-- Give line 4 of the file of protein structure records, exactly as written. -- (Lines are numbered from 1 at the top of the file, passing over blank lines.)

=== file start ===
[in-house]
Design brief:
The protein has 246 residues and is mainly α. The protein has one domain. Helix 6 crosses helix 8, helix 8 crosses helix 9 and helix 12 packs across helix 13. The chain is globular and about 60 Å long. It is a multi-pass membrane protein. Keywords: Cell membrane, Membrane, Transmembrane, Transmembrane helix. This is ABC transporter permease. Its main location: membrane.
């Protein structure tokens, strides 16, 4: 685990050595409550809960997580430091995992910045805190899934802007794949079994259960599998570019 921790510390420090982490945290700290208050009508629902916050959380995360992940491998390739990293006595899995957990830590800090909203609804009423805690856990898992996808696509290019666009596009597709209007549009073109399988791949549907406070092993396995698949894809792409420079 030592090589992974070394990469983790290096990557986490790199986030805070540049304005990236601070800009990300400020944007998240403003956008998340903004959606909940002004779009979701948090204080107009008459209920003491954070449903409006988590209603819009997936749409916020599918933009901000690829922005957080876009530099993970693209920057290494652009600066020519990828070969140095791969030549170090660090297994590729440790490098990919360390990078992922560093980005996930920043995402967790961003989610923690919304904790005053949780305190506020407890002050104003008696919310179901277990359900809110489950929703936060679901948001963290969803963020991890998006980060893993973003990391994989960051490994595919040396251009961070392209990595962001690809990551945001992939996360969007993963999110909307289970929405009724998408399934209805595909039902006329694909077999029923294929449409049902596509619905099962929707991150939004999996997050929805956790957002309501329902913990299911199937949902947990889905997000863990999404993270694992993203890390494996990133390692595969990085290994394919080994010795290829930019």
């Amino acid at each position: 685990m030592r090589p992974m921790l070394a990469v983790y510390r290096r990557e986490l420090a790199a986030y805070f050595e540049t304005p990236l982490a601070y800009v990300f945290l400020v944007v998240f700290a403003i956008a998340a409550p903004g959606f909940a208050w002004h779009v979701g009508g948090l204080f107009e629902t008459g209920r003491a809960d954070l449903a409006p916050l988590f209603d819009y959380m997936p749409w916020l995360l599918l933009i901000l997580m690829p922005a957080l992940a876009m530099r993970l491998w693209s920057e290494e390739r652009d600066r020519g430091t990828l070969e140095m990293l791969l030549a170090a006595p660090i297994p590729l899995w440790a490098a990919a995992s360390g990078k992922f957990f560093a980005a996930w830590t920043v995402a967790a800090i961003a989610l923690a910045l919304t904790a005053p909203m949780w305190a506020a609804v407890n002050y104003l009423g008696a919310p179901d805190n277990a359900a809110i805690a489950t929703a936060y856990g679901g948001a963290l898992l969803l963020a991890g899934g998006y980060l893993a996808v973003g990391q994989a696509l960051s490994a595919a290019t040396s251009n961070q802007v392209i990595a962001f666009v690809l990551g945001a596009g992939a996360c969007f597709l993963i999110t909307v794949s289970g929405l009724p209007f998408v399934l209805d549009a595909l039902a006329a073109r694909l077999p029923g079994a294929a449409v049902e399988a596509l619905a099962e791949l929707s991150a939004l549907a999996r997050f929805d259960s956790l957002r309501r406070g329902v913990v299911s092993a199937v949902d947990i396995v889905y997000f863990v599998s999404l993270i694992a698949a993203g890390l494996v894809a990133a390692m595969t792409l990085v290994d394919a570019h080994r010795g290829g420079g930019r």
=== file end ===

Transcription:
């Protein structure tokens, strides 16, 4: 685990050595409550809960997580430091995992910045805190899934802007794949079994259960599998570019 921790510390420090982490945290700290208050009508629902916050959380995360992940491998390739990293006595899995957990830590800090909203609804009423805690856990898992996808696509290019666009596009597709209007549009073109399988791949549907406070092993396995698949894809792409420079 030592090589992974070394990469983790290096990557986490790199986030805070540049304005990236601070800009990300400020944007998240403003956008998340903004959606909940002004779009979701948090204080107009008459209920003491954070449903409006988590209603819009997936749409916020599918933009901000690829922005957080876009530099993970693209920057290494652009600066020519990828070969140095791969030549170090660090297994590729440790490098990919360390990078992922560093980005996930920043995402967790961003989610923690919304904790005053949780305190506020407890002050104003008696919310179901277990359900809110489950929703936060679901948001963290969803963020991890998006980060893993973003990391994989960051490994595919040396251009961070392209990595962001690809990551945001992939996360969007993963999110909307289970929405009724998408399934209805595909039902006329694909077999029923294929449409049902596509619905099962929707991150939004999996997050929805956790957002309501329902913990299911199937949902947990889905997000863990999404993270694992993203890390494996990133390692595969990085290994394919080994010795290829930019």